Twitter bans political ads


Geoff Livingston

Jack Dorsey watches as former president Barack Obama as he makes his first Presidential Tweet. Taken July 6th, 2011.

Madison Maddox, Ranger Review Reporter

On Wednesday, October 30th, Twitter made the decision to ban all political ads for the 2020 election.

Jack Dorsey, CEO of Twitter, does not want false political information going around on the app, which is why they have chosen to ban it. Other social media apps were bound to have other opinions on the matter. 

For example, Mark Zuckerburg, CEO of Facebook, felt opposed. Zuckerburg felt that politicians should have a voice and should be able to express themselves through social media.

“Political speech is important,” Mark Zukerburg said. Mark Zuckerburg agreed with his company completely about their decision to run unchecked political ads and said that the choice was not financially motivated. He claims that he chose this because political ads make up half of a percent of Facebook earnings. 

“This is complex stuff. Anyone who says the answer is simple hasn’t thought about the nuances and downstream challenges. I don’t think anyone can say that we are not doing what we believe or we haven’t thought hard about these issues,” Zuckerburg said.

Facebook was recently fined $5 billion for privacy violations by the Federal Trade Commission. 

Trump’s campaign managers had something to say on Twitter’s decision. “This is yet another attempt to silence conservatives since Twitter knows President Trump has the most sophisticated online program ever,“ Brad Pascale said.

The campaign for former Vice President Joe Biden was reported saying that the decision was “unfortunate” that Twitter thinks the only option is to ban the ads altogether. “When faced with a choice between ad dollars and the integrity of our democracy, it is encouraging that, for once, revenue did not win out,” Bill Russo, deputy communications director for Joe Biden’s campaign said.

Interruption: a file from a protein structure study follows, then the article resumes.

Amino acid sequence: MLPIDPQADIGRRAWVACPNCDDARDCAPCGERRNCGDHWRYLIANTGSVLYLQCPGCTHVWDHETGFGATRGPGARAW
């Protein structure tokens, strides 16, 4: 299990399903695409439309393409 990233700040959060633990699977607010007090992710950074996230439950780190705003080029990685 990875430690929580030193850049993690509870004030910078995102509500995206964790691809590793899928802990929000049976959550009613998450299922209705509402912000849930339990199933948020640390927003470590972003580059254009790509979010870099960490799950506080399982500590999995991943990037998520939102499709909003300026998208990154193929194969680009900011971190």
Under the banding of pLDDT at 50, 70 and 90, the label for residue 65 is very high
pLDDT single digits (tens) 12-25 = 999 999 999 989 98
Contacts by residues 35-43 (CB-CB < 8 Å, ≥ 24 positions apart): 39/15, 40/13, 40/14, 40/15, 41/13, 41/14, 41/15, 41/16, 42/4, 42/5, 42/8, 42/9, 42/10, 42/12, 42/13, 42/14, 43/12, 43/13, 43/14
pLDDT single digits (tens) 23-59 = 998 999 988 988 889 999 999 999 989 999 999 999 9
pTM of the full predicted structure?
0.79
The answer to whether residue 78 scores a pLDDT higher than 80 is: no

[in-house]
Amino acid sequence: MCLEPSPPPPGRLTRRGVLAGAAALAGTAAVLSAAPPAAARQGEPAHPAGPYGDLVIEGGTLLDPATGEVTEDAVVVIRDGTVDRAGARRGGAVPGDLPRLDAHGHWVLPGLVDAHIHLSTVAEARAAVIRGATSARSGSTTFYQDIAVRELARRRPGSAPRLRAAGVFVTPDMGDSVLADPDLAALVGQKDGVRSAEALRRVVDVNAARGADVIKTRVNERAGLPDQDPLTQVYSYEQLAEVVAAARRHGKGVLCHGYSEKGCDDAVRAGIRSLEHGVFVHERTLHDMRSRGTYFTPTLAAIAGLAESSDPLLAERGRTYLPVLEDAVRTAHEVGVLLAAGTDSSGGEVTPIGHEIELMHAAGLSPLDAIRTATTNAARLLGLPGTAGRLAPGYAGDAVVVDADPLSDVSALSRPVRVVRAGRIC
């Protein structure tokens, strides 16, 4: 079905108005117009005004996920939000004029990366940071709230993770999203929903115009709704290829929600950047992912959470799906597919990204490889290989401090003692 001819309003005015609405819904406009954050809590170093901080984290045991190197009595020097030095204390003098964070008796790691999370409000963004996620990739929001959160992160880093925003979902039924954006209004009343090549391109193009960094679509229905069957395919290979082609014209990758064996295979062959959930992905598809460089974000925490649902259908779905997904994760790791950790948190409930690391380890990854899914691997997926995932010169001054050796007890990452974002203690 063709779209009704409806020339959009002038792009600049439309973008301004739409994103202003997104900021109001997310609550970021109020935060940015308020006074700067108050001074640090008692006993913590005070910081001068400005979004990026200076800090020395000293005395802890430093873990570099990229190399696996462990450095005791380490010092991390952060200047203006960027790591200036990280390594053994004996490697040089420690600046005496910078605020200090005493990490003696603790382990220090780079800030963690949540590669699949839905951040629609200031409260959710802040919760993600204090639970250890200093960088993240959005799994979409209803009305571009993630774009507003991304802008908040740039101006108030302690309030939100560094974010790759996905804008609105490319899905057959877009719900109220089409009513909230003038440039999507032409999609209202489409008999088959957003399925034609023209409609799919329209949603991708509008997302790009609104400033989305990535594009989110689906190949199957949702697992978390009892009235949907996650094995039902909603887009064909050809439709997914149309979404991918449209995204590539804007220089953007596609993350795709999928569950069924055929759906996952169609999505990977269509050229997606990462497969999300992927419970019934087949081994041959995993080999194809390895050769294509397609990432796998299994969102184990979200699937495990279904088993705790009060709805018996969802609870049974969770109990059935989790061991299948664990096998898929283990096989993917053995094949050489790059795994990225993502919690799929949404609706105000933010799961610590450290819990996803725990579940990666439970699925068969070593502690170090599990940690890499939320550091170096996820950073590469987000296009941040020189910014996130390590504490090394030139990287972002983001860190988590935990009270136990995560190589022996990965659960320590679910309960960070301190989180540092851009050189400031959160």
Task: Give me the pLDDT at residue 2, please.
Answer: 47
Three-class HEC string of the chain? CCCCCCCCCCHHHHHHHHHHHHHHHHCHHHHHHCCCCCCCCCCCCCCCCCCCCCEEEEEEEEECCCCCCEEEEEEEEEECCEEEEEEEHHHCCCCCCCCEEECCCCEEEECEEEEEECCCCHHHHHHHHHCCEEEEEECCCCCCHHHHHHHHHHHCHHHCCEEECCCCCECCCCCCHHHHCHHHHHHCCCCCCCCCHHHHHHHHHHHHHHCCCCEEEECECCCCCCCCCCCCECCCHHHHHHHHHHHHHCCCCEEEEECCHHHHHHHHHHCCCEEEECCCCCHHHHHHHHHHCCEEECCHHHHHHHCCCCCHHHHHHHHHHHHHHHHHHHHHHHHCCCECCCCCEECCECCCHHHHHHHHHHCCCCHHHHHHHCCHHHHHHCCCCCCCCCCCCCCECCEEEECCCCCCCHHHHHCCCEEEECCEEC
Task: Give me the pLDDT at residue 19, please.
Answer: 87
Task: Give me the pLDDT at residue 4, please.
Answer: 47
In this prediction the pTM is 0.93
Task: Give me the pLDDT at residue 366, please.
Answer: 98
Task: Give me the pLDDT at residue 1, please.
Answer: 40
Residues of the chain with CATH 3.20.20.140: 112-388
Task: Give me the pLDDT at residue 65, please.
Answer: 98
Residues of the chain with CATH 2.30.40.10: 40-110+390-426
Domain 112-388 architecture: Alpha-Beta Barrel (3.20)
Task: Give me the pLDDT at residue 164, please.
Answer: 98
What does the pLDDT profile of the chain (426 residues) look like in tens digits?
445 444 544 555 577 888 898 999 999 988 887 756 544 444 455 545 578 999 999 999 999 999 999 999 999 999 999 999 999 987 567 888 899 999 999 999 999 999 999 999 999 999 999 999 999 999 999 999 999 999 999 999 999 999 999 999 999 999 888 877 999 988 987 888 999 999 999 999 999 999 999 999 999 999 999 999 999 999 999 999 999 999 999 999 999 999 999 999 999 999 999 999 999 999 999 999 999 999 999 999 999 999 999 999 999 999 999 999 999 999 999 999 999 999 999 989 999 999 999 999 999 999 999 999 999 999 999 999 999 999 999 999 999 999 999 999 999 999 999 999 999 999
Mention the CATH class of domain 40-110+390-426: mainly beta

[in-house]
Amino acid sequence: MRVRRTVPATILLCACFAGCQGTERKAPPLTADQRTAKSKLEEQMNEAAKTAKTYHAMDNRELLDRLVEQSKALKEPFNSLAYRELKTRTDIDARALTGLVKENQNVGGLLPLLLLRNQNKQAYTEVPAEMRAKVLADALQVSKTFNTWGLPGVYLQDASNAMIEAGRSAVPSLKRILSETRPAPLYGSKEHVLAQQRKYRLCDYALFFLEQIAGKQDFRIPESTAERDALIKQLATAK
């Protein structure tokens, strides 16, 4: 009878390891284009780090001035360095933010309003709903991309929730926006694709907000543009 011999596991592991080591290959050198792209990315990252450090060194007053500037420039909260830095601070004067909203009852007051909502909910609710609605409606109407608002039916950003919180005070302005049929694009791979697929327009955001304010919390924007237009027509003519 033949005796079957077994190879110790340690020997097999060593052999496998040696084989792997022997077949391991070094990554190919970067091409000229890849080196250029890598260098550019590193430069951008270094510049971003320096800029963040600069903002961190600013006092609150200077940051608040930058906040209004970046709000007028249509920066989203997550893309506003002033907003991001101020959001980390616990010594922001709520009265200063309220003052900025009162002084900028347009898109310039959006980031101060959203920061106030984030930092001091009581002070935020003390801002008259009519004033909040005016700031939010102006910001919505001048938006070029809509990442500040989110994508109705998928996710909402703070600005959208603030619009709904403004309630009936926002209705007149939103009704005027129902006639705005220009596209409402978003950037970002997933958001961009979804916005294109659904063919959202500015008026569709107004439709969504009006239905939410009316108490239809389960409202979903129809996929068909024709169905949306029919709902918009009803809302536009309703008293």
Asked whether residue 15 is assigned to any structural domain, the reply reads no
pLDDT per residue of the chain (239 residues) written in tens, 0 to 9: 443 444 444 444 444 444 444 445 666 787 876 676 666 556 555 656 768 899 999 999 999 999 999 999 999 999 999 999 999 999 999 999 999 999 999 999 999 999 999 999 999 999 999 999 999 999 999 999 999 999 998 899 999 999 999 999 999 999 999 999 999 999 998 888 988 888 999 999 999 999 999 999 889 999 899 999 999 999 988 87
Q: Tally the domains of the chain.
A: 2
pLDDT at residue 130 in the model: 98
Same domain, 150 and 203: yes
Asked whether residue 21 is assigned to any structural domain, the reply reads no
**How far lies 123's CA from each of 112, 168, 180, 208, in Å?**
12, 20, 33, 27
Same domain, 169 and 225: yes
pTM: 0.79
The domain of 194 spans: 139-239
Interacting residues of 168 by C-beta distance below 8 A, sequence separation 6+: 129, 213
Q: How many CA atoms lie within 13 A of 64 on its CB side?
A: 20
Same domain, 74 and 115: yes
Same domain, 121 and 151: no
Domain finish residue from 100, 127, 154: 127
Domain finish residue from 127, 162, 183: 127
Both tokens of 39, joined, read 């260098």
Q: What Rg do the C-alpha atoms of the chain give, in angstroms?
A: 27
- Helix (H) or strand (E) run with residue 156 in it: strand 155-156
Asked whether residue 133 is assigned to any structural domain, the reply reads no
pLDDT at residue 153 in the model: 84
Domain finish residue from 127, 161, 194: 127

Political advertising only makes up a small number of earnings for Twitter. It was said that political ad spending for the 2018 midterm election was less than $3 million. Politicians spend a plethora of more money on ads for Facebook than Twitter.

Many have agreed with Twitter’s decision based off of an issue that happened in September. Twitter, Facebook, and Google refused to take down a video with facts that were misleading. The video of President Donald Trump’s campaign targeted Joe Biden specifically.

Dorsey claims that advertising on social media offers an unfair level of targeting compared to other bureaus. 

“This is about paying for reach. And paying to increase the reach of political speech has significant ramifications that today’s democratic infrastructure may not be prepared to handle, it’s worth stepping back in order to address,” Jack Dorsey said.